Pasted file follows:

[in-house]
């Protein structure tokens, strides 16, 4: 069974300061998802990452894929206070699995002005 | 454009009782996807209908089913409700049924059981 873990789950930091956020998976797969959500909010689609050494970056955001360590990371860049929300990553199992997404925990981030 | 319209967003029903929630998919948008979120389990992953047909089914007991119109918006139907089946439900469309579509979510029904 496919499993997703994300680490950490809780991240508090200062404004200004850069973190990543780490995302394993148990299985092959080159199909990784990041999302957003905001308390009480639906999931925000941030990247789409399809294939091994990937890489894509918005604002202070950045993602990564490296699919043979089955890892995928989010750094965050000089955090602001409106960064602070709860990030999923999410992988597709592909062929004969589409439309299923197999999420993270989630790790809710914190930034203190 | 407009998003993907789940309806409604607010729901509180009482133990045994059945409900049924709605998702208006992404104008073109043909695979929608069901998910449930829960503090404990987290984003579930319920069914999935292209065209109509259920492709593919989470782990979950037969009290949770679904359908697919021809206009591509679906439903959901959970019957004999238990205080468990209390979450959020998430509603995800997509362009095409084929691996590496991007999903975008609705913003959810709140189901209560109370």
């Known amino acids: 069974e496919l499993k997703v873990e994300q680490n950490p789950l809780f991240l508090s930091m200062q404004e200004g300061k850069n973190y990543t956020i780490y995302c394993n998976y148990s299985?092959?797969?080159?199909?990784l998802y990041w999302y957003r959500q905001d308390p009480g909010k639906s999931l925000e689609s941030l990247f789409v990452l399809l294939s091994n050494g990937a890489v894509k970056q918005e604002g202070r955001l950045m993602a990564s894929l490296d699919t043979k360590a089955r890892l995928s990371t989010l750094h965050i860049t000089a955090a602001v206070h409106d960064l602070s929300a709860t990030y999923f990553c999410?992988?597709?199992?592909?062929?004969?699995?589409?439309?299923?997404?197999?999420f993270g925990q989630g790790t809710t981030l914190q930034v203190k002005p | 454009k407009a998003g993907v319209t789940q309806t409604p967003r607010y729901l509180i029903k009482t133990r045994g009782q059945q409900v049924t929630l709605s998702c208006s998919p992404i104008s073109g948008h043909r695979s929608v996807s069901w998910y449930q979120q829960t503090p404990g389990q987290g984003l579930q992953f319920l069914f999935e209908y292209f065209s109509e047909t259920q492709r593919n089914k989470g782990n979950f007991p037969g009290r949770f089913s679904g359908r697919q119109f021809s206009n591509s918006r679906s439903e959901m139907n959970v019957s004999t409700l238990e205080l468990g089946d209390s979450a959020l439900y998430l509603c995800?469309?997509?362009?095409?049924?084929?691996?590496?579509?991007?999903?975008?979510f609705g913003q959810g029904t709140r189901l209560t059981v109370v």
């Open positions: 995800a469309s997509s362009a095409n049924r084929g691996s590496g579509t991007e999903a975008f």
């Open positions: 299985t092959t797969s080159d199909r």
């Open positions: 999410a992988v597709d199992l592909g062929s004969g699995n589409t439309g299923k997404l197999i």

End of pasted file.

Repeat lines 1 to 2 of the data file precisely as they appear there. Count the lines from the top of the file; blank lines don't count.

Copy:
[in-house]
């Protein structure tokens, strides 16, 4: 069974300061998802990452894929206070699995002005 | 454009009782996807209908089913409700049924059981 873990789950930091956020998976797969959500909010689609050494970056955001360590990371860049929300990553199992997404925990981030 | 319209967003029903929630998919948008979120389990992953047909089914007991119109918006139907089946439900469309579509979510029904 496919499993997703994300680490950490809780991240508090200062404004200004850069973190990543780490995302394993148990299985092959080159199909990784990041999302957003905001308390009480639906999931925000941030990247789409399809294939091994990937890489894509918005604002202070950045993602990564490296699919043979089955890892995928989010750094965050000089955090602001409106960064602070709860990030999923999410992988597709592909062929004969589409439309299923197999999420993270989630790790809710914190930034203190 | 407009998003993907789940309806409604607010729901509180009482133990045994059945409900049924709605998702208006992404104008073109043909695979929608069901998910449930829960503090404990987290984003579930319920069914999935292209065209109509259920492709593919989470782990979950037969009290949770679904359908697919021809206009591509679906439903959901959970019957004999238990205080468990209390979450959020998430509603995800997509362009095409084929691996590496991007999903975008609705913003959810709140189901209560109370």